Debunking the Left-Wing Myths About 'Right-Wing, Extremist Christians'
How many mischaracterizations can Peter Beinart make in a single paragraph?
2:55 PM, Jul 25, 2011 • By MARK HEMINGWAY
Peter Beinart has a doozy of a column up over at the Daily Beast, rather breathlessly titled, "Why Norway Could Happen Here." Since I suspect that Beinart managed to repeat every left-wing myth about the violent tendencies of Christians and conservatives, let's take a look at the key paragraph:
Beinart is either largely ignorant, or has a pretty curious definition of "right-wing, extremist Christian." For one thing, I'm not sure that label applies in its entirety to Anders Breivik. As for his other examples, well, McVeigh was no Christian. He famously declared that "Science is my religion," and his final words were quoting from Invictus: "I thank whatever gods may be/ for my unconquerable soul ... I am the master of my fate: I am the captain of my soul."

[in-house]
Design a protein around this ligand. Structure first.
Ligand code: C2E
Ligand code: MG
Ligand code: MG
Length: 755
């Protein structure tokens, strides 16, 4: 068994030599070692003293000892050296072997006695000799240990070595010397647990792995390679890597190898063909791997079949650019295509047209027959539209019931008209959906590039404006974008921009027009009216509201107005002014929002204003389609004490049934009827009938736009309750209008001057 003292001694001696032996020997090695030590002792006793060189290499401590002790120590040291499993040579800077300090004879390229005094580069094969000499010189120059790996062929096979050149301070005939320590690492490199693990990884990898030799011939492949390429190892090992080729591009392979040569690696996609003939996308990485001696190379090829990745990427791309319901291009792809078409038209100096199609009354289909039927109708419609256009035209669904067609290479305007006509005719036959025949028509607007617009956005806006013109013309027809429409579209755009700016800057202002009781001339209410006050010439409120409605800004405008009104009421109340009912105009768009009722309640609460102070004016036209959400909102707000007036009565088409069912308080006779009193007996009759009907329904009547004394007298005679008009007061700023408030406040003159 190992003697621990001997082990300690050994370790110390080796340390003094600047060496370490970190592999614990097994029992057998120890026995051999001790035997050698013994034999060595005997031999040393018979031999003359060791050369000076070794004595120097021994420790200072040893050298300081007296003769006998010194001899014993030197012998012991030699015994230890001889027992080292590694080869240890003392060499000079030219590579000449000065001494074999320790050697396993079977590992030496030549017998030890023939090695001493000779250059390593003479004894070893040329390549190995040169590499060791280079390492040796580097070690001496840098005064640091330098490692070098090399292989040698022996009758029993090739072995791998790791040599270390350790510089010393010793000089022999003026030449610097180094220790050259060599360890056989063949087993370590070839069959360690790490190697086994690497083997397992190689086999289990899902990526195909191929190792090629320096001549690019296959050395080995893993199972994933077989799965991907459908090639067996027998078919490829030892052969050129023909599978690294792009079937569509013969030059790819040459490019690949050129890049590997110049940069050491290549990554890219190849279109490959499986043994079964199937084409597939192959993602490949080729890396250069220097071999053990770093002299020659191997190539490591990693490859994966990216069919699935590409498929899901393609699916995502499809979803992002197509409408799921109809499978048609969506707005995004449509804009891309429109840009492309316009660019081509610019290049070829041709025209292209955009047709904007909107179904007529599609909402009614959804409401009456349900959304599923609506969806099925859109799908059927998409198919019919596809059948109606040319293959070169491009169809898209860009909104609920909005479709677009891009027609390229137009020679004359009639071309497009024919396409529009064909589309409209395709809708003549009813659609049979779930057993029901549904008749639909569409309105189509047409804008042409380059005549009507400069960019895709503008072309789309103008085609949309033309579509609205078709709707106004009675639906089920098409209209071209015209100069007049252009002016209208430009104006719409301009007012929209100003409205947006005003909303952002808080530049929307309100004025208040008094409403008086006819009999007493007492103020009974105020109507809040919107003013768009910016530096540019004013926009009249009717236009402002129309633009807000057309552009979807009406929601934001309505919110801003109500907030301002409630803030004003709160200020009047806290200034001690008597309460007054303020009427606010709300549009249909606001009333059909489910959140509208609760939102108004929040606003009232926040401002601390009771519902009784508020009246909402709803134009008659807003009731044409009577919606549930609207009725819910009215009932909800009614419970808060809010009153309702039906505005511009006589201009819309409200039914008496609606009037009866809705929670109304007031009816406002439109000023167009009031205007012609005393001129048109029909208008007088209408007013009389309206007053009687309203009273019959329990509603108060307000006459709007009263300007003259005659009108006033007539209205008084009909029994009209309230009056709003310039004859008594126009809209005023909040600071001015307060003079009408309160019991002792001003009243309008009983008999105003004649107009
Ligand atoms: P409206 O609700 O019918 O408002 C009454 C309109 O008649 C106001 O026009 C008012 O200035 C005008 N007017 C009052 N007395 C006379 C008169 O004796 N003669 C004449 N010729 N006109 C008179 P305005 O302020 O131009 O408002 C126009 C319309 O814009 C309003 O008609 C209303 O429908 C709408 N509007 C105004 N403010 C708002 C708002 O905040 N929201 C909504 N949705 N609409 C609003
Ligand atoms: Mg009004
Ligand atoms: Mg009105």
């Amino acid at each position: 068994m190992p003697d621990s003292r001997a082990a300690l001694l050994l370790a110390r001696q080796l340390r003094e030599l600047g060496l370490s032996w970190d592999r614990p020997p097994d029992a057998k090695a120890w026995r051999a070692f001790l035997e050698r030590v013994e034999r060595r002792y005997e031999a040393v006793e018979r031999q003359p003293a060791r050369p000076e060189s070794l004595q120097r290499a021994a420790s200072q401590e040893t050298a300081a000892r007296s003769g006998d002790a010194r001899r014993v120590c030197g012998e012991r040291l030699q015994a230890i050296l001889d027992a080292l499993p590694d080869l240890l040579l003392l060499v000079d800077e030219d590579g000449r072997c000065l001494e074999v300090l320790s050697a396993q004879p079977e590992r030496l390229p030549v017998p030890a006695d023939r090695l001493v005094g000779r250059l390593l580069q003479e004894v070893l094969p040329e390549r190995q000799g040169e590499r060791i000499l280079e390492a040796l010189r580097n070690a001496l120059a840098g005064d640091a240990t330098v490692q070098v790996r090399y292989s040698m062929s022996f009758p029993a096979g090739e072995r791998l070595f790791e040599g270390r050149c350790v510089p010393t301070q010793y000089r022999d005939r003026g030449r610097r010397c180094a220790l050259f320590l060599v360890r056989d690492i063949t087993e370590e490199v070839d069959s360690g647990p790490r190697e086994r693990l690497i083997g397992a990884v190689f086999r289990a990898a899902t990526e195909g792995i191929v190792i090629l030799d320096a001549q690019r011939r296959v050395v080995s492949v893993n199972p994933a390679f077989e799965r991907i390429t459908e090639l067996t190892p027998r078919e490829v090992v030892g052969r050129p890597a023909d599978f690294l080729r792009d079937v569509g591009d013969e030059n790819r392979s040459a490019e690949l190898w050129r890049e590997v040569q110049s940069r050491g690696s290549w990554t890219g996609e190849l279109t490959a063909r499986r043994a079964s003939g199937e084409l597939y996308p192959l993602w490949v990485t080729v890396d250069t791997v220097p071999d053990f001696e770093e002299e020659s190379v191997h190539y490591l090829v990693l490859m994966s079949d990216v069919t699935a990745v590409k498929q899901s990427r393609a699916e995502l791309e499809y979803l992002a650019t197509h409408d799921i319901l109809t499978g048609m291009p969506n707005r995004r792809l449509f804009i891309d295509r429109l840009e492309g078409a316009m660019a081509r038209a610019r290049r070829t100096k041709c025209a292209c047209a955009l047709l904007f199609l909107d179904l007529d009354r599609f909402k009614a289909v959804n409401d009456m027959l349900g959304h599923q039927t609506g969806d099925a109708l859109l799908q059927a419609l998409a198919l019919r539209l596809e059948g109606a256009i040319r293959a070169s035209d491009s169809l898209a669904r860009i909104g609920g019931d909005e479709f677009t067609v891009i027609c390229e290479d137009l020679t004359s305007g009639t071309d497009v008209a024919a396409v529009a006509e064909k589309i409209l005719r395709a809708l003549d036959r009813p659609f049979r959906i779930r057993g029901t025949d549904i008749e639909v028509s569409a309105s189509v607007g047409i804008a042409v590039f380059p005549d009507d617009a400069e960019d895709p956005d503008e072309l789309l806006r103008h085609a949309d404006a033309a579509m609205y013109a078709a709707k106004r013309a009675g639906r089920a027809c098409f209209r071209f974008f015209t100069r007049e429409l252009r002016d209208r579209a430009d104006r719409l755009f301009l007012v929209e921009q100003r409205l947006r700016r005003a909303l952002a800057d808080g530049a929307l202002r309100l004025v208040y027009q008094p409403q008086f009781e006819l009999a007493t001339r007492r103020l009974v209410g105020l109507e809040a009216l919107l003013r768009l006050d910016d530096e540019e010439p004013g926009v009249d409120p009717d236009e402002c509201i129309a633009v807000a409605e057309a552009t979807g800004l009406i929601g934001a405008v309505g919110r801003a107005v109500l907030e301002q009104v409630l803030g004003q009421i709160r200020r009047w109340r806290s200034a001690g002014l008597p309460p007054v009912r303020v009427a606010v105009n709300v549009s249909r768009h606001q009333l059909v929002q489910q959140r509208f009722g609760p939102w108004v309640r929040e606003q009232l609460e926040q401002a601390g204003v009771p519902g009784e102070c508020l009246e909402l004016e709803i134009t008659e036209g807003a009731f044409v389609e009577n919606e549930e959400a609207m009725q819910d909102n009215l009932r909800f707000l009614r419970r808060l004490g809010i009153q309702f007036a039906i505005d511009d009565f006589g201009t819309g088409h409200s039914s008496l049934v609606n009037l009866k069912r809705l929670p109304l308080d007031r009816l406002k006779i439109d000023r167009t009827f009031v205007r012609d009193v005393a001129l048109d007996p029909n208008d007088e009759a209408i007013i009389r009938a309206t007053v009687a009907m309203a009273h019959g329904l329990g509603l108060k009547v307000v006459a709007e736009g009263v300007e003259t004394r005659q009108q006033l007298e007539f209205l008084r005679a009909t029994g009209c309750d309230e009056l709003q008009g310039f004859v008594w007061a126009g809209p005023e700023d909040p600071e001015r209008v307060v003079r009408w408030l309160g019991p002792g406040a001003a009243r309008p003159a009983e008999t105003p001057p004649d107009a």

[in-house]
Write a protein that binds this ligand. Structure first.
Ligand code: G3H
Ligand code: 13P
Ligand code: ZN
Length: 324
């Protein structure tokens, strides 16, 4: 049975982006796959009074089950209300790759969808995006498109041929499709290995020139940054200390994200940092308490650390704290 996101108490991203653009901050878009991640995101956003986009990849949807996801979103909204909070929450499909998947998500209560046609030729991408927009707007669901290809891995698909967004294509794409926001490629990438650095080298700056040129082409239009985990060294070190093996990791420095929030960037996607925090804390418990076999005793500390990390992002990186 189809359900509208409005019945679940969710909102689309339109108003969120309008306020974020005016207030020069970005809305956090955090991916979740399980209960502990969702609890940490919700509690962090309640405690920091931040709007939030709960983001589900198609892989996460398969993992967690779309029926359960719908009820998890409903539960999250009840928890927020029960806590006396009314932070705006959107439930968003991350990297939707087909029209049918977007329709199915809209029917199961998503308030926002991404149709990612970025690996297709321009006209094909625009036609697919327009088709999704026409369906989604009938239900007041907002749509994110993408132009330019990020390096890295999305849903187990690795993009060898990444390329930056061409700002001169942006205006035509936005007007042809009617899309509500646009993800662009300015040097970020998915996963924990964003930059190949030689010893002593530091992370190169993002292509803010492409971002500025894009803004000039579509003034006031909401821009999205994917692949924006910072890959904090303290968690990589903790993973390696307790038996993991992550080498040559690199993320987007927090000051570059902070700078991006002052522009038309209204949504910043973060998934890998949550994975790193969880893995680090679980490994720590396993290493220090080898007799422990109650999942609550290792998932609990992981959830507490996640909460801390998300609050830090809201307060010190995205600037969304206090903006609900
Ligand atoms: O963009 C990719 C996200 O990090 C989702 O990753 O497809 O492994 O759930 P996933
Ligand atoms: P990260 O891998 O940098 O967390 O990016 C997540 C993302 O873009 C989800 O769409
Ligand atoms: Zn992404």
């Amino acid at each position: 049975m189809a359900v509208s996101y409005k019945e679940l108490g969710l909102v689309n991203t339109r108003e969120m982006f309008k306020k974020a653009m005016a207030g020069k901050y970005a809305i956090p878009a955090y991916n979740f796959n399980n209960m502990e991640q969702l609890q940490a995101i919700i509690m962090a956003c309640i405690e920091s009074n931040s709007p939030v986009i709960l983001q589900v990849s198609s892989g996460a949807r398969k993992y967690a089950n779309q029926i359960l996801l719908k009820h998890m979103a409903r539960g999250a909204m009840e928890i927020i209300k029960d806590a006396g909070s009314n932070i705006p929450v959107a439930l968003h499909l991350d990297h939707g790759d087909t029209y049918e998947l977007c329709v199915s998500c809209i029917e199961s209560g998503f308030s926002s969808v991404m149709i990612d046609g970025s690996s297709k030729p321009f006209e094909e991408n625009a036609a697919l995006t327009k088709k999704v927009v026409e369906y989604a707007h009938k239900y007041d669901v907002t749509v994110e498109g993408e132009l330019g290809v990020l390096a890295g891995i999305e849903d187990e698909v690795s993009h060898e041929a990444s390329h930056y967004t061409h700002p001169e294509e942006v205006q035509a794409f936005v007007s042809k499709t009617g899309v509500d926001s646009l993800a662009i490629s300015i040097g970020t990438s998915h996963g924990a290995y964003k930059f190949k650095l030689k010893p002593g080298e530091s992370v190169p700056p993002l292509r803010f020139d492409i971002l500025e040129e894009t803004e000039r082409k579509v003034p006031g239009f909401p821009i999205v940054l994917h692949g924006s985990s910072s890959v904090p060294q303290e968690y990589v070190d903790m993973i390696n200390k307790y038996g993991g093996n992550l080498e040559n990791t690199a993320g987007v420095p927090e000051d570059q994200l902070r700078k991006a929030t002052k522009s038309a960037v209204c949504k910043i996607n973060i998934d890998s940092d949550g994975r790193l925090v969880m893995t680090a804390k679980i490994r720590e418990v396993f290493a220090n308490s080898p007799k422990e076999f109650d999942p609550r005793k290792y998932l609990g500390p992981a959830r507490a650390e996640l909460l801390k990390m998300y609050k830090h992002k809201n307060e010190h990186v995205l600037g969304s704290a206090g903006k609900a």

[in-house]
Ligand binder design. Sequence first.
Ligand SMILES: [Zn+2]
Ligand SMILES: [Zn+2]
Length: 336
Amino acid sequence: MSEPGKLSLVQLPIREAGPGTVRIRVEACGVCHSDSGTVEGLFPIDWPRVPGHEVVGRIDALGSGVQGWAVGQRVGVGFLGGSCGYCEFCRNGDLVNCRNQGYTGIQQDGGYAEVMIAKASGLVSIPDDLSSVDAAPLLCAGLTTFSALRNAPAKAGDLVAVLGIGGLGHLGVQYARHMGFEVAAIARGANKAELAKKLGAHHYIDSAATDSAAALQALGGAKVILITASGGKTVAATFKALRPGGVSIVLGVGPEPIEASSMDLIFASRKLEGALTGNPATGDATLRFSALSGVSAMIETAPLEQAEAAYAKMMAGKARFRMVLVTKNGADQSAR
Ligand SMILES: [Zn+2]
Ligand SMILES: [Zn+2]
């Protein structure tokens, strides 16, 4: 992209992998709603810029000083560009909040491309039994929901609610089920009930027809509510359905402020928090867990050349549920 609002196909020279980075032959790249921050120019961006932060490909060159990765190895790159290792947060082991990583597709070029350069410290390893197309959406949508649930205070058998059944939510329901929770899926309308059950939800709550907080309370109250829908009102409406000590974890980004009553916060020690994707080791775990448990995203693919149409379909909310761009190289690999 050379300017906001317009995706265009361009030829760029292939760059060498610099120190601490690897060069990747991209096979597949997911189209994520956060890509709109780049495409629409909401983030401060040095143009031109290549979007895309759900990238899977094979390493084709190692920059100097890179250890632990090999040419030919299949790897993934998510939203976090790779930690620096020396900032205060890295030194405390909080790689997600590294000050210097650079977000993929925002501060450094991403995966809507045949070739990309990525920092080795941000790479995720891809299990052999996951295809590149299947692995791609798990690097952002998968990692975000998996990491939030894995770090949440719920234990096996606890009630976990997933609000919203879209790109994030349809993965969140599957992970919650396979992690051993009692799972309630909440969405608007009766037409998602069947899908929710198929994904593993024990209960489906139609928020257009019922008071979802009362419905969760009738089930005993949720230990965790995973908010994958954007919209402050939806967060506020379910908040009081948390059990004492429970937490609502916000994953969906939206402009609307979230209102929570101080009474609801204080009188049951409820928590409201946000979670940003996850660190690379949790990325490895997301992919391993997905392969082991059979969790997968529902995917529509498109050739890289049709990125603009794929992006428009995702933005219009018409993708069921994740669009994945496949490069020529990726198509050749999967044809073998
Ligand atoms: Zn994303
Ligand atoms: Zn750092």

Here's abortion clinic bomber Eric Rudolph in an interview with USA Today:
As for alleged Anthrax mailer Bruce Ivins being supposedly motivated by his pro-life, Catholic views -- well, that's a pretty unfounded assertion based on a lot of tenuous and anonymous sources. Further, from what we know about his religious views -- to say nothing of considerable evidence that he was mentally ill -- he wanted the Catholic church to liberalize on the issue of female and married clergy. Not exactly what one thinks of when we discuss extremist religious views.
Then there's holocaust museum shooter James von Brunn. Who in his own words, was emphatically not a Christian: "The Big Lie technique, employed by Paul to create the CHRISTIAN RELIGION, also was used to create the HOLOCAUST RELIGION ... CHRISTIANITY AND THE HOLOCAUST are HOAXES." As for Brunn's politics, this is a little close to home, but Ben Smith handled it nicely: